War on Terrorism

Friday, October 20, 2017

Suburban Chicago Man Sentenced to 15 Years in Prison for Attempting to Join Jabhat al-Nusrah in Syria



Abdella Ahmad Tounisi, 23, of Aurora, Illinois, was sentenced today to 15 years in prison, and a lifetime of supervised release, for attempting to travel overseas to Syria to join Jabhat al-Nusrah, a designated foreign terrorist organization.

Acting Assistant Attorney General for National Security Dana J. Boente, Acting U.S. Attorney Joel R. Levin for the Northern District of Illinois and Acting Special Agent in Charge John P. Selleck of the FBI’s Chicago field office made the announcement.  The sentence was imposed by U.S. District Judge Samuel Der-Yeghiayan.

Tounisi was arrested at O’Hare International Airport in Chicago in April 2013 as he attempted to board a flight to Istanbul, Turkey.  Tounisi had spent four months conducting online research related to overseas travel and violent jihad, focusing specifically on Syria and the violent Jabhat al-Nusrah terrorist organization.

Tounisi pleaded guilty in 2015 to one count of attempting to provide material support to a foreign terrorist organization.  According to his plea agreement, Tounisi in early 2013 made online contact with an individual he believed to be a recruiter for Jabhat al-Nusrah.  He and the purported recruiter exchanged a series of emails, during which Tounisi shared his plan to go to Syria by way of Turkey, as well as his willingness to fight for the jihadist cause, the plea agreement states.  Unbeknownst to Tounisi, the purported recruiter was actually an FBI employee.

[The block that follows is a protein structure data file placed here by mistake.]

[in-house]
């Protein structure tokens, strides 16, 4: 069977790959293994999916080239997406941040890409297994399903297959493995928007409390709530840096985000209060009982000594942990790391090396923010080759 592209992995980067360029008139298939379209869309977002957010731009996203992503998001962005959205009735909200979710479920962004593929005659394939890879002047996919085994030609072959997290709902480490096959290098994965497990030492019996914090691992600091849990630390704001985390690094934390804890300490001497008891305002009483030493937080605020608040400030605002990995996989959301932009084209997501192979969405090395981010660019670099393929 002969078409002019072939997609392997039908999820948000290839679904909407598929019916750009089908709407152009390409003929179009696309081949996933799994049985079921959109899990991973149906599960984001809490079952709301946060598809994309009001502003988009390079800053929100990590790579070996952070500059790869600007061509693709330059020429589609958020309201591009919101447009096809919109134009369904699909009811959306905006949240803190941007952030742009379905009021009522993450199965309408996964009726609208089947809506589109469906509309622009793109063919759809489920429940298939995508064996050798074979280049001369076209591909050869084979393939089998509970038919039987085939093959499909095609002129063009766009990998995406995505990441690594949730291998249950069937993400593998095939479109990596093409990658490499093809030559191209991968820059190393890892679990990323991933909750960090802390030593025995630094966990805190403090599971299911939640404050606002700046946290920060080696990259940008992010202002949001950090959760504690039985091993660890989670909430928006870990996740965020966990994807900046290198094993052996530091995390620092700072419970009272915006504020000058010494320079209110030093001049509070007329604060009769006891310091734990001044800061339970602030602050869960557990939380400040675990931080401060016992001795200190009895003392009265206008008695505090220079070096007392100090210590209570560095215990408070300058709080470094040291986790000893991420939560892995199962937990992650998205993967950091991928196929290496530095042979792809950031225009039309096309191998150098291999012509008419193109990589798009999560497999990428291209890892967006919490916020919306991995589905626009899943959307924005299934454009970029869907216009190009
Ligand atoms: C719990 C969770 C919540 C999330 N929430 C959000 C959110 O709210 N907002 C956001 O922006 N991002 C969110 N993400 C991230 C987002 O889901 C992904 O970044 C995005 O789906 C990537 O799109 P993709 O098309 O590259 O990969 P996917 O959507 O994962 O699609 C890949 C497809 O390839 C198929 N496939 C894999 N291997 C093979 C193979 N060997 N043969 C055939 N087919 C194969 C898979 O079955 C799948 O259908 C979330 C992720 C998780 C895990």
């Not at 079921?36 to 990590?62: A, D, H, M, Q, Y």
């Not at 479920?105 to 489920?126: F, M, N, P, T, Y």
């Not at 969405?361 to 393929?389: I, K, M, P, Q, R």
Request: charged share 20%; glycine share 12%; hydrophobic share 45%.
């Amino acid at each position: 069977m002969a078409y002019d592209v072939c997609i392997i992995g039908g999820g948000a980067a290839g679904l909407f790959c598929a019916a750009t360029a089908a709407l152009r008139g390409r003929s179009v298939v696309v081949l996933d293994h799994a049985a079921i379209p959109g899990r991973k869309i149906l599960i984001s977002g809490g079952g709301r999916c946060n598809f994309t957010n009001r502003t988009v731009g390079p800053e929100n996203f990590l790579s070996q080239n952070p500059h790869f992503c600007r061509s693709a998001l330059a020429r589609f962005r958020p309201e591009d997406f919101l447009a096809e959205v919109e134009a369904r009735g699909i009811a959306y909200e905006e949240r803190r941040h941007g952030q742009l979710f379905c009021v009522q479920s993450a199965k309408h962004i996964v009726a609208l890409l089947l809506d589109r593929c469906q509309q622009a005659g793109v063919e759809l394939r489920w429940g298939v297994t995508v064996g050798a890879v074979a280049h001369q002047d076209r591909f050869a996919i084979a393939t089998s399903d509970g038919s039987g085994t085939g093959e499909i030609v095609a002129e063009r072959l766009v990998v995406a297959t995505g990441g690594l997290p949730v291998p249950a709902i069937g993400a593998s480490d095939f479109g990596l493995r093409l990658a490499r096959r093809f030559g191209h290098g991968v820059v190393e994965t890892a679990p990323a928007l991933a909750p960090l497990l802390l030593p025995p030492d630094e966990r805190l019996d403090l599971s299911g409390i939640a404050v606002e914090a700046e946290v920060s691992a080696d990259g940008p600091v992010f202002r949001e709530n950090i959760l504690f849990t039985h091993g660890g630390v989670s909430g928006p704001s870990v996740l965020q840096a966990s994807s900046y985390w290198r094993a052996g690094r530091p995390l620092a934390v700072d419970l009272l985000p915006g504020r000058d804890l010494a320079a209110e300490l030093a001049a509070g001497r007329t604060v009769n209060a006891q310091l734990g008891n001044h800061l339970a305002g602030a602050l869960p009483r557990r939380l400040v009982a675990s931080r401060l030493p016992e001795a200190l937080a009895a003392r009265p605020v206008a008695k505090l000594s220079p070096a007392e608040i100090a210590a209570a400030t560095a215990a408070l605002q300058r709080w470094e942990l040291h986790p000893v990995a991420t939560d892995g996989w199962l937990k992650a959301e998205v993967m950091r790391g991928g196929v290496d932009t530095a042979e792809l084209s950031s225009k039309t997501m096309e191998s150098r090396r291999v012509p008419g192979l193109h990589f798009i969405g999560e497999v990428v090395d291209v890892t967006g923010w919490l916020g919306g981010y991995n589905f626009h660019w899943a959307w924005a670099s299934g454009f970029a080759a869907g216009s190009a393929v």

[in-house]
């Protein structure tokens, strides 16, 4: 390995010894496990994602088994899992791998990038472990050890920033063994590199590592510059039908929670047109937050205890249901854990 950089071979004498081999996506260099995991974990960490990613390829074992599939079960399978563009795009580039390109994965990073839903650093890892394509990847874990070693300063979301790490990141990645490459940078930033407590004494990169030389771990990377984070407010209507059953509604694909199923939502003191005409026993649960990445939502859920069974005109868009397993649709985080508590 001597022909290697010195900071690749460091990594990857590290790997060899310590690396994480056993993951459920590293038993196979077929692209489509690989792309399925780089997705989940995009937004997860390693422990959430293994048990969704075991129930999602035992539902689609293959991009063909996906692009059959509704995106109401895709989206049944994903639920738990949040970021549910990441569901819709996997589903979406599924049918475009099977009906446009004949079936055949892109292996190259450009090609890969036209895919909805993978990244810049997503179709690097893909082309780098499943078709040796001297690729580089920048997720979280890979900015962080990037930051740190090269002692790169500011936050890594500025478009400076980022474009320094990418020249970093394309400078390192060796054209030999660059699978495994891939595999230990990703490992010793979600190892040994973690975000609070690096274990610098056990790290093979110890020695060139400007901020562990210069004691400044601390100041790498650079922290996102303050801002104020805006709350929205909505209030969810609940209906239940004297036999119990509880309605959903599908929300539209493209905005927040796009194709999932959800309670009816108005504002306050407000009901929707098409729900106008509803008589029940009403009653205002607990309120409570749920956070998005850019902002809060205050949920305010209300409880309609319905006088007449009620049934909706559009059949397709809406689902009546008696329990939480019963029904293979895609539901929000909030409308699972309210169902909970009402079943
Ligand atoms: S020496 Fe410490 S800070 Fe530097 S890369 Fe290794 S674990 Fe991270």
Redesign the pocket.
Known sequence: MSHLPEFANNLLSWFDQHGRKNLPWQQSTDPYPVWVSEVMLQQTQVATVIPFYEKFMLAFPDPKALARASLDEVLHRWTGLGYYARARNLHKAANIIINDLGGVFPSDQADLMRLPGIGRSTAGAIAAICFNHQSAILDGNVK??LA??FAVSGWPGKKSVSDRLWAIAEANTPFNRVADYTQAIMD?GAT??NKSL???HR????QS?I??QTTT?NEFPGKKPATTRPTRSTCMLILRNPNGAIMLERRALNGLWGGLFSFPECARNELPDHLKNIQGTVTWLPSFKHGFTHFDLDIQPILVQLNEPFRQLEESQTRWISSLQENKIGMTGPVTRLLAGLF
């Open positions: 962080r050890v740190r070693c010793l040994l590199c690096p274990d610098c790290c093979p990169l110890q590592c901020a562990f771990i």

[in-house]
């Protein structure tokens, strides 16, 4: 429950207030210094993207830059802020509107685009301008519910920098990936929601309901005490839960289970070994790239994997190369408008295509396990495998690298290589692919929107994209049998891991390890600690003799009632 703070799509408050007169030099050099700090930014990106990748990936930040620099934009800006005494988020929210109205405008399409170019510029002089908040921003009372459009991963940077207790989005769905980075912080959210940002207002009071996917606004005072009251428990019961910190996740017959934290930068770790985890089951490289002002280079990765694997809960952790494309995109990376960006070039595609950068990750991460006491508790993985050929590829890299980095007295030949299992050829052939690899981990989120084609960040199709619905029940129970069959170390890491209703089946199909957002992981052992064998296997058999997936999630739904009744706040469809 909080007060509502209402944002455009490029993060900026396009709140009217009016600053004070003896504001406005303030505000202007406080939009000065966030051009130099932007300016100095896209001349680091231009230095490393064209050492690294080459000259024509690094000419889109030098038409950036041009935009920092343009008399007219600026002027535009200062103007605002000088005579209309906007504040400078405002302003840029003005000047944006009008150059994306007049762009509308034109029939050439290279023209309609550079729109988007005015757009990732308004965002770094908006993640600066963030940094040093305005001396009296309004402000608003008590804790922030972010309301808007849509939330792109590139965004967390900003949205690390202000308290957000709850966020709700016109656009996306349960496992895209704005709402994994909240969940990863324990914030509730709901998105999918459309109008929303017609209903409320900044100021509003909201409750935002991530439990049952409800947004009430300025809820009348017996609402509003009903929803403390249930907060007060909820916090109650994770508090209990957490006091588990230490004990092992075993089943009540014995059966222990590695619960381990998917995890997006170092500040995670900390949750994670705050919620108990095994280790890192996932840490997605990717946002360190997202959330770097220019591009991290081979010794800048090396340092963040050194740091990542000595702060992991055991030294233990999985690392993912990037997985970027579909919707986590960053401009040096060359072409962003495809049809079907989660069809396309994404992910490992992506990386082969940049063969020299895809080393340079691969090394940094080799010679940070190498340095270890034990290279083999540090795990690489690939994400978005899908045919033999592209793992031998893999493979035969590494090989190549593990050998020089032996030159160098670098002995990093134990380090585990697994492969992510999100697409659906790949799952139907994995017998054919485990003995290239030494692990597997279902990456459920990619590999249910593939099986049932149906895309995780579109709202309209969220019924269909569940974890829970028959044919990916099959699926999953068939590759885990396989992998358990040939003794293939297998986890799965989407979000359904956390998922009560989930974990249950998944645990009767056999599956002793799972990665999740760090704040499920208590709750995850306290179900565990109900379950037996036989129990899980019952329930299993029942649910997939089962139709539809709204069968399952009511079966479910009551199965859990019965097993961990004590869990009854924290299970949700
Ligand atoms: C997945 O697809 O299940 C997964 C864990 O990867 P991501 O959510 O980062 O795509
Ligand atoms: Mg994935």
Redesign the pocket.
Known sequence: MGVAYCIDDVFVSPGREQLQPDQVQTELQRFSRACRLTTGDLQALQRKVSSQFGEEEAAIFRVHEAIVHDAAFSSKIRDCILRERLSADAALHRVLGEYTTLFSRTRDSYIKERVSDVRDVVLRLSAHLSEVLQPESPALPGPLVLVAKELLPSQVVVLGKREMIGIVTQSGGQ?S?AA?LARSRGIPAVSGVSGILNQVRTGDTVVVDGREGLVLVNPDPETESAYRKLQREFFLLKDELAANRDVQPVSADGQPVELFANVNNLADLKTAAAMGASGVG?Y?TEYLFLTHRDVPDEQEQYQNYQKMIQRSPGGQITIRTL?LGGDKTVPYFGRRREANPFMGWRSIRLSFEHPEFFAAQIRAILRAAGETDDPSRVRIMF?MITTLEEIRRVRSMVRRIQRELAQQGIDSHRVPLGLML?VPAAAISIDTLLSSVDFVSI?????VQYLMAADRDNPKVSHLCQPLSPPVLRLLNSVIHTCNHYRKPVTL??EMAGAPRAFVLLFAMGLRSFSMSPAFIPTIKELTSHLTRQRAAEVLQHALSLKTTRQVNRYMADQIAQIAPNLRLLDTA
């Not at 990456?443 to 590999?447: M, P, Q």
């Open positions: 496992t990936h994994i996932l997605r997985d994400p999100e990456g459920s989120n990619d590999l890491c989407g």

Tounisi, a U.S. citizen, requested an expedited passport and purchased an airline ticket for the flight from Chicago to Istanbul.  He arrived at O’Hare on the evening of April 19, 2013, and was arrested after passing through security in the international terminal.

The defendant was a close friend of Adel Daoud, of Hillside, Illinois, who was arrested on Sept. 14, 2012, for allegedly attempting to detonate a bomb outside a bar in downtown Chicago.  Tounisi recommended certain attack techniques to Daoud but ultimately decided against participating in the attack.  Daoud was charged separately and is awaiting trial in federal court in Chicago.
 
The investigation was led by the Chicago FBI’s Joint Terrorism Task Force, which is comprised of Special Agents of the FBI, officers of the Chicago Police Department and representatives from an additional 20 federal, state and local law enforcement agencies.

The government is represented by Assistant U.S. Attorney Barry Jonas of the Northern District of Illinois and Trial Attorney Lolita Lukose of the National Security Division’s Counterterrorism Section.

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